My Life…. Looking Back From the Future
Standing on a mountaintop looking out, can provide clarity… it just may not be the sort of clarity one might expect. As surely as the past has formed the future, so does the present form the past. I accepted some fine challenges when choosing my parents. For Mom and Dad, I am truly grateful. You gave me worthy challenges. With the future sight of the present, I recount what I see.
My grandfather had gifted his daughter and Dad a quarter acre, where the next summer Dad built the family a rather small three bedroom house.
It was perhaps the following year that I began helping Gramps; walking over the hill to the big house, perhaps a quarter mile up the road. Often when we had visited before, he would let me ride with him on the tractor, perched on the toolbox on the fender, or sometimes standing in front of him and steering. Often I would jump off to open or close a gate when we went thru. When he had baled hay, we would go out with the tractor and hayrack. He showed me how to stand on the clutch to stop the tractor. After that he would put the tractor in low and slow as I drove while he pitched hay on the hayrack. When we had a load, I stood on the clutch till the tractor stopped in the thick stubble, and he would take it out of gear and drive back. I thought I got quite good at steering and standing on the clutch.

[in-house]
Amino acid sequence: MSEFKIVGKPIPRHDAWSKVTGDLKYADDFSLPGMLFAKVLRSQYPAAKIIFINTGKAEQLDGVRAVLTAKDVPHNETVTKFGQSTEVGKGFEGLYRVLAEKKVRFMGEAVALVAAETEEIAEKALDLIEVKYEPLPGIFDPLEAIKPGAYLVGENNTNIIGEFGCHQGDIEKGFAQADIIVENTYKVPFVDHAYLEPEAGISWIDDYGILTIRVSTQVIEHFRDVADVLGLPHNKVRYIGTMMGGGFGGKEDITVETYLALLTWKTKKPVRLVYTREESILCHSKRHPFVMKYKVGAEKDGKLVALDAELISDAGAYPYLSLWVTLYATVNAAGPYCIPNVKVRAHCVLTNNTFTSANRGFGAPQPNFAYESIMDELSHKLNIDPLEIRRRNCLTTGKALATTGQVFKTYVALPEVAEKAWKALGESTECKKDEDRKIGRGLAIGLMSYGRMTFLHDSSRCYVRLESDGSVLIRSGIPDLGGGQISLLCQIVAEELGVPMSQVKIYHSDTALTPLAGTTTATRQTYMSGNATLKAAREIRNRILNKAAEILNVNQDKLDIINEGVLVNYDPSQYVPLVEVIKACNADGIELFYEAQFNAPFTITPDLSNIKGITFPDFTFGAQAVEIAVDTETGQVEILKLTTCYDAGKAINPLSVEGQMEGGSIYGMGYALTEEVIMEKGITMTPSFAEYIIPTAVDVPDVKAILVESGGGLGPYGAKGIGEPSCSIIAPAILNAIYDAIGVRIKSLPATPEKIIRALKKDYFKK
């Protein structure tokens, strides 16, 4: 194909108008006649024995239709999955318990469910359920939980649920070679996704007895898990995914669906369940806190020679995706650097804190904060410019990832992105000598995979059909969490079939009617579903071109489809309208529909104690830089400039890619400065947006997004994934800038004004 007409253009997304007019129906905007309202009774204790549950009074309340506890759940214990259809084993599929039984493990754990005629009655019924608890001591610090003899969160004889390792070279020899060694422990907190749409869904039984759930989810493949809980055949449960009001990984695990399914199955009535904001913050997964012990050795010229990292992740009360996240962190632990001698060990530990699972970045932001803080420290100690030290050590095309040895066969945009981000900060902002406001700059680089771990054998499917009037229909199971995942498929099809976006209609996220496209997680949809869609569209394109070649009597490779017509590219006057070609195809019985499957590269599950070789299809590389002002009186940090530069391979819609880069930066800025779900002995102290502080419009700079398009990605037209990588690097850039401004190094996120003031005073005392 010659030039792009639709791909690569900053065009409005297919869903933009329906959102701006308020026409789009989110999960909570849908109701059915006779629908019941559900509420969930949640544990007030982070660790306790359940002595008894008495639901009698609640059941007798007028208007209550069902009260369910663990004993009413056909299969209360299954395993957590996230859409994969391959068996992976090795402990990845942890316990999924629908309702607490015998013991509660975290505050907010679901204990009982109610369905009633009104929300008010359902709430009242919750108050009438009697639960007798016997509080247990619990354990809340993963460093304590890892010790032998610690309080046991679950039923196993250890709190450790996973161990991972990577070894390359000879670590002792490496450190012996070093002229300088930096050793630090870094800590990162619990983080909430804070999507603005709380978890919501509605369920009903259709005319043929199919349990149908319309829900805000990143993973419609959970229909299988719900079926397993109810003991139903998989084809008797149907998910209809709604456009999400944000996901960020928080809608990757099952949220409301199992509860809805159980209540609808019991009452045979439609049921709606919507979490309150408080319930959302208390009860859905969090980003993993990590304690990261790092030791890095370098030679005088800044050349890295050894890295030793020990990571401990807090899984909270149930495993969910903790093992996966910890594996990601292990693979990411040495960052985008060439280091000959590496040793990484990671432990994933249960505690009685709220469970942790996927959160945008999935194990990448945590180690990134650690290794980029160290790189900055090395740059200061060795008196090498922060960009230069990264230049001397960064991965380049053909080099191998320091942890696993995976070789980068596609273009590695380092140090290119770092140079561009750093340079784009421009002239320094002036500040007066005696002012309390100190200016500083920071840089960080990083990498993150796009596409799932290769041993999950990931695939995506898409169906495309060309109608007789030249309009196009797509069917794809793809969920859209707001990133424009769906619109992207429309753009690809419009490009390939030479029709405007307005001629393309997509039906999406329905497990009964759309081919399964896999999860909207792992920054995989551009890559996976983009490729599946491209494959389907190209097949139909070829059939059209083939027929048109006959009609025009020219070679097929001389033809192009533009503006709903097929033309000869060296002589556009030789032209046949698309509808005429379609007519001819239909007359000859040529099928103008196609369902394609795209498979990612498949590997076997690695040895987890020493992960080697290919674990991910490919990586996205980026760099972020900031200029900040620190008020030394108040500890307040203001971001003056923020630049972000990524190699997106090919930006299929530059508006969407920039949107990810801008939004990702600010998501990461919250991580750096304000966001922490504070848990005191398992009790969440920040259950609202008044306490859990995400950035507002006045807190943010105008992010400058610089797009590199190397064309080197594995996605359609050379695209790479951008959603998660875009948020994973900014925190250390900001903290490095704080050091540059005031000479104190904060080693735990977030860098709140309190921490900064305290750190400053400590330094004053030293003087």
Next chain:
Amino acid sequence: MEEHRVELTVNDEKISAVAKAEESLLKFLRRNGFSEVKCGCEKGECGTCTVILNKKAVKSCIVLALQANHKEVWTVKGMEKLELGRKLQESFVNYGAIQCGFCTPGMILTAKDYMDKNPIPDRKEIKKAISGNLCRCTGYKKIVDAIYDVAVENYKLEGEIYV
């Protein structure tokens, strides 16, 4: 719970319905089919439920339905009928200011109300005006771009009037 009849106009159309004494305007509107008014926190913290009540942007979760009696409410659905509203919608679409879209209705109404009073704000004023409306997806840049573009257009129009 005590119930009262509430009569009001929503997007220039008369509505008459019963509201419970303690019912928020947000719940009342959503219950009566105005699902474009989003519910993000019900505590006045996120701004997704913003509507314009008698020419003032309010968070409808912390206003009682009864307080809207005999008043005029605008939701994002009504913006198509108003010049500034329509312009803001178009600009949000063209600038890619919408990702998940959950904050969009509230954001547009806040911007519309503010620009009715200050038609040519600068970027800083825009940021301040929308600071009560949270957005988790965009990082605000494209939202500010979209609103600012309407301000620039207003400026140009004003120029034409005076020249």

It was a warm summer day several weeks later when I walked to his place, then out to the a field where he was finishing combining oats. Perhaps I was seven, or eight. His Alis Chalmers pulled the combine thru the last strip of standing oats, then he alongside the little Ford, which was hooked to the grain wagon…. the hayrack frame now removed and the grain box installed on the wheels. Chaff flew in the slight breeze as the auger from the combine shifted its load to the wagon.